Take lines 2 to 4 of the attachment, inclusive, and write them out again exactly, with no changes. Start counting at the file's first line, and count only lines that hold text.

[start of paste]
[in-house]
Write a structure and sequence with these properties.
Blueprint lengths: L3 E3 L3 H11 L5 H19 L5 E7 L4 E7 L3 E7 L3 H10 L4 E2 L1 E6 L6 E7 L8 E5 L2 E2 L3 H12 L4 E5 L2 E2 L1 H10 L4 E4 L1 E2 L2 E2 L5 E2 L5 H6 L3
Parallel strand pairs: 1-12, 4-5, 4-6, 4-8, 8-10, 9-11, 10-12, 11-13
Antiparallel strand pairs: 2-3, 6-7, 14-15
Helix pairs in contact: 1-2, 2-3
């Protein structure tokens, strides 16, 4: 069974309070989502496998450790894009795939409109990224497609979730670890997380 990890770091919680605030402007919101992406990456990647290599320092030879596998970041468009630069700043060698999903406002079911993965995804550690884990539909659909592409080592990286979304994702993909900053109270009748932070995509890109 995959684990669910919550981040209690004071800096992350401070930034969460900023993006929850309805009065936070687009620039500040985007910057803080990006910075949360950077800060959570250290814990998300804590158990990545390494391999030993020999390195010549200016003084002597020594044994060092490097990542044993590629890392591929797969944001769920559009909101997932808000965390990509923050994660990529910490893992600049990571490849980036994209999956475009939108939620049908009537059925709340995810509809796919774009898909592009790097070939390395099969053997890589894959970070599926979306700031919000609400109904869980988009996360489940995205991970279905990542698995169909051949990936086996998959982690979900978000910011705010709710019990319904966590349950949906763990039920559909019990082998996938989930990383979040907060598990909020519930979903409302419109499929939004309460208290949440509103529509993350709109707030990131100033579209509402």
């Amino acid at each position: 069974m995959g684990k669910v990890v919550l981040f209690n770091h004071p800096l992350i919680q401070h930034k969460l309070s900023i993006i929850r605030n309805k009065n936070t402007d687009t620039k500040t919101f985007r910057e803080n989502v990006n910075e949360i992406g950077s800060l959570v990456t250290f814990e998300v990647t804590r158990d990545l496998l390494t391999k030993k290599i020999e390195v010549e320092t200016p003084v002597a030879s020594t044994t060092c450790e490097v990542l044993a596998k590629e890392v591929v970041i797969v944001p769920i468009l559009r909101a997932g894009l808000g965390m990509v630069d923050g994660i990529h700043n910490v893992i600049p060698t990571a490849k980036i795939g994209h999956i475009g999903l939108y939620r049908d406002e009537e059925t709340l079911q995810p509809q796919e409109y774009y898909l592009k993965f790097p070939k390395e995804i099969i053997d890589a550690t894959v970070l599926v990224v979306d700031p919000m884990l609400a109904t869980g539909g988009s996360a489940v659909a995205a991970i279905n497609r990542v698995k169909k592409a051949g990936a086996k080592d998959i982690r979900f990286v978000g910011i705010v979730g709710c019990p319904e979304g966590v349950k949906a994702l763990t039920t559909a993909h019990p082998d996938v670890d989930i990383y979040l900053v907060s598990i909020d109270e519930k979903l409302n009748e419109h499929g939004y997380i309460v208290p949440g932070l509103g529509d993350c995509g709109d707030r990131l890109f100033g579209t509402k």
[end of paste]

Write a structure and sequence with these properties.
Blueprint lengths: L3 E3 L3 H11 L5 H19 L5 E7 L4 E7 L3 E7 L3 H10 L4 E2 L1 E6 L6 E7 L8 E5 L2 E2 L3 H12 L4 E5 L2 E2 L1 H10 L4 E4 L1 E2 L2 E2 L5 E2 L5 H6 L3
Parallel strand pairs: 1-12, 4-5, 4-6, 4-8, 8-10, 9-11, 10-12, 11-13